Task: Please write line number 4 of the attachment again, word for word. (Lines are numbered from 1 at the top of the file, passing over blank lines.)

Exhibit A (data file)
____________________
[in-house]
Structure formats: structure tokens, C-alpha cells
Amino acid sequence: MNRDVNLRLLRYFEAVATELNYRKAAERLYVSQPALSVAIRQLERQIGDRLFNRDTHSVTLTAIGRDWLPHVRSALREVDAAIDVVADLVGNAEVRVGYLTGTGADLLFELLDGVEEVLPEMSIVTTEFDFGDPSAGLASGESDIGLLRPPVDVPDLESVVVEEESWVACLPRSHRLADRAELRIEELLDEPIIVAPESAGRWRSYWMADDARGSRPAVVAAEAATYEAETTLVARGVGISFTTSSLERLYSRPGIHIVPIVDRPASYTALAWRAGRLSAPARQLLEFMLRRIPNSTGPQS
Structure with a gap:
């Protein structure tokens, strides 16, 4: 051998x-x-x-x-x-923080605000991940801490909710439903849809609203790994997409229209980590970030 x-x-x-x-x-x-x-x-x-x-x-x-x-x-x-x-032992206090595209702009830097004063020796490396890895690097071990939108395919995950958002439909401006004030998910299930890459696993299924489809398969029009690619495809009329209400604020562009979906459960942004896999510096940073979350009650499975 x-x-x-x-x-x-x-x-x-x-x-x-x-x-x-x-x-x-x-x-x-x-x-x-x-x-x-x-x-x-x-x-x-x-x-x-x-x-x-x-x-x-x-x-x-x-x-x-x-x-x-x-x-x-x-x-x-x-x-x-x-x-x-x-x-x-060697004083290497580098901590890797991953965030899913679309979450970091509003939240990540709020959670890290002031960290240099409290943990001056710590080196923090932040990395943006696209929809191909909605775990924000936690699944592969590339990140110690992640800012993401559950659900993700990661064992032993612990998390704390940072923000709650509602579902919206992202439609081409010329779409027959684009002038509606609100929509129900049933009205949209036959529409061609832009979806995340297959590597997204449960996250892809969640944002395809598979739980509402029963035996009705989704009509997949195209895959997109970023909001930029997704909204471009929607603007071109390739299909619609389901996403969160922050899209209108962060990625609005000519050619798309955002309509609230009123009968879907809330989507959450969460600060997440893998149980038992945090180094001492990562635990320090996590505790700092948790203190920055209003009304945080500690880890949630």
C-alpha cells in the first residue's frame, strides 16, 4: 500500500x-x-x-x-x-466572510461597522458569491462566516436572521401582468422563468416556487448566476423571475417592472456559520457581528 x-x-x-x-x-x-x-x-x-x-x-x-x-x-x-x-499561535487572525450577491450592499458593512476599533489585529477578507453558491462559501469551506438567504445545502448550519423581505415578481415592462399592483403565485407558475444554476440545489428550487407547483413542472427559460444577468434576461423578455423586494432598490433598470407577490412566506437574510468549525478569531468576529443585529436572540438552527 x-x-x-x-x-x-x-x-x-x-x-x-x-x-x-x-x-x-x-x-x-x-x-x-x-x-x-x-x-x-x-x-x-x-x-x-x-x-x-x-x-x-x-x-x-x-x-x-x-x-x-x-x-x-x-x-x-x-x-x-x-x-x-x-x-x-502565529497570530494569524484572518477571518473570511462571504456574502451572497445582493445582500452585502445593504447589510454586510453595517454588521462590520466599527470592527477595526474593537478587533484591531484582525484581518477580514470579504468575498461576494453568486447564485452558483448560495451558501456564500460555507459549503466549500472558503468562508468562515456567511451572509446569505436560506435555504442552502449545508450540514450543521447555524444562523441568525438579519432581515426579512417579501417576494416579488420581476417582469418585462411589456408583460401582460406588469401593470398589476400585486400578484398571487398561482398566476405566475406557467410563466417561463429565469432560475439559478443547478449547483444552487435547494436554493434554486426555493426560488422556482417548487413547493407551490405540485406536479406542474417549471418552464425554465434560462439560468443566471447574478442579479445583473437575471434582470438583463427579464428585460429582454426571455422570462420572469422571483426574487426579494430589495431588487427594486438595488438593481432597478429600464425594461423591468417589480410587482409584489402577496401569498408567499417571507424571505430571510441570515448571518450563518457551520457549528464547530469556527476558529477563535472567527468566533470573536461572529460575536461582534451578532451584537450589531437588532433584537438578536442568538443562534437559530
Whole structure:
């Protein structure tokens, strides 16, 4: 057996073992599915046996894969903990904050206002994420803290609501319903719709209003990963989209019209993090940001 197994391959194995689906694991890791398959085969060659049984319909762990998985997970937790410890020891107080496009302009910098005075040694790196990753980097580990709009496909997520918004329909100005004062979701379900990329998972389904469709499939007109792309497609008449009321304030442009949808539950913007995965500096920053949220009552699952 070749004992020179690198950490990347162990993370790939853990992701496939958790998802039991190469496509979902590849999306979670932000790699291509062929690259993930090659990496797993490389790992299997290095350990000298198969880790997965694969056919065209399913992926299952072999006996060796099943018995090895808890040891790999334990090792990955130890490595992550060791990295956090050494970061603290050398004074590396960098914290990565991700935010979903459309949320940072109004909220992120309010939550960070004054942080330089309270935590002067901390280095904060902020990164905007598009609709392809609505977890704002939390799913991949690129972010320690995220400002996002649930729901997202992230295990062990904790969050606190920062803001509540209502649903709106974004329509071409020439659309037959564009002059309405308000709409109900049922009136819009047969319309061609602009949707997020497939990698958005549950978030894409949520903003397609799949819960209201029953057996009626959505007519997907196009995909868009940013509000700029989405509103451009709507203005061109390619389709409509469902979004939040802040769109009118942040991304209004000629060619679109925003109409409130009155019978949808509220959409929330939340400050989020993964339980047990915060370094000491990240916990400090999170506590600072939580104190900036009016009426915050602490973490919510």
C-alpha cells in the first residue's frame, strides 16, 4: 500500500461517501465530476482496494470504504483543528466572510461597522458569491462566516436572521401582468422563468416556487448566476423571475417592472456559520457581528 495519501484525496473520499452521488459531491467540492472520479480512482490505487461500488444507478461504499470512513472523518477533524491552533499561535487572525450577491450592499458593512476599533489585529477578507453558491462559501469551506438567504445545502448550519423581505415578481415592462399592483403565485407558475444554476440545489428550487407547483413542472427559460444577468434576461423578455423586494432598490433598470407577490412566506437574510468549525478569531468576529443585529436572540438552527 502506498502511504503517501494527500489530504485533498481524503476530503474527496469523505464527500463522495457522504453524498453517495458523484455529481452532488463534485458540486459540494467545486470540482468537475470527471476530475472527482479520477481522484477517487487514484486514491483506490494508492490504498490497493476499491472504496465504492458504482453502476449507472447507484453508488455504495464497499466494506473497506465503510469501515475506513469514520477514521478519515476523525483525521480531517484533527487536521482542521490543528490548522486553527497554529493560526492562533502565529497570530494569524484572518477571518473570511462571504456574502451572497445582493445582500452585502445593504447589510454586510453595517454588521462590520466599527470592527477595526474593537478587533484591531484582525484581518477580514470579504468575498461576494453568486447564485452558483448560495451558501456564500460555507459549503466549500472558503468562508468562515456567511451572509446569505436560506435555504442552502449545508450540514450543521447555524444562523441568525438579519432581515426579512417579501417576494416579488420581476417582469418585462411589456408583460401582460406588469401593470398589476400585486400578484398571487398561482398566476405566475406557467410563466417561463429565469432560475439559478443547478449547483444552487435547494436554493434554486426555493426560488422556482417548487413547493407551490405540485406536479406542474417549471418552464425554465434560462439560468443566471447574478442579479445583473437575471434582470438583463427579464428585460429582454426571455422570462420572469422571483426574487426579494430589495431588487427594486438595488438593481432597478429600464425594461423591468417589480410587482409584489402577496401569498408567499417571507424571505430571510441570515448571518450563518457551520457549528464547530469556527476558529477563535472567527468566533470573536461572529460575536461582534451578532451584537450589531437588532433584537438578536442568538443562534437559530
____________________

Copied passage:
Structure with a gap: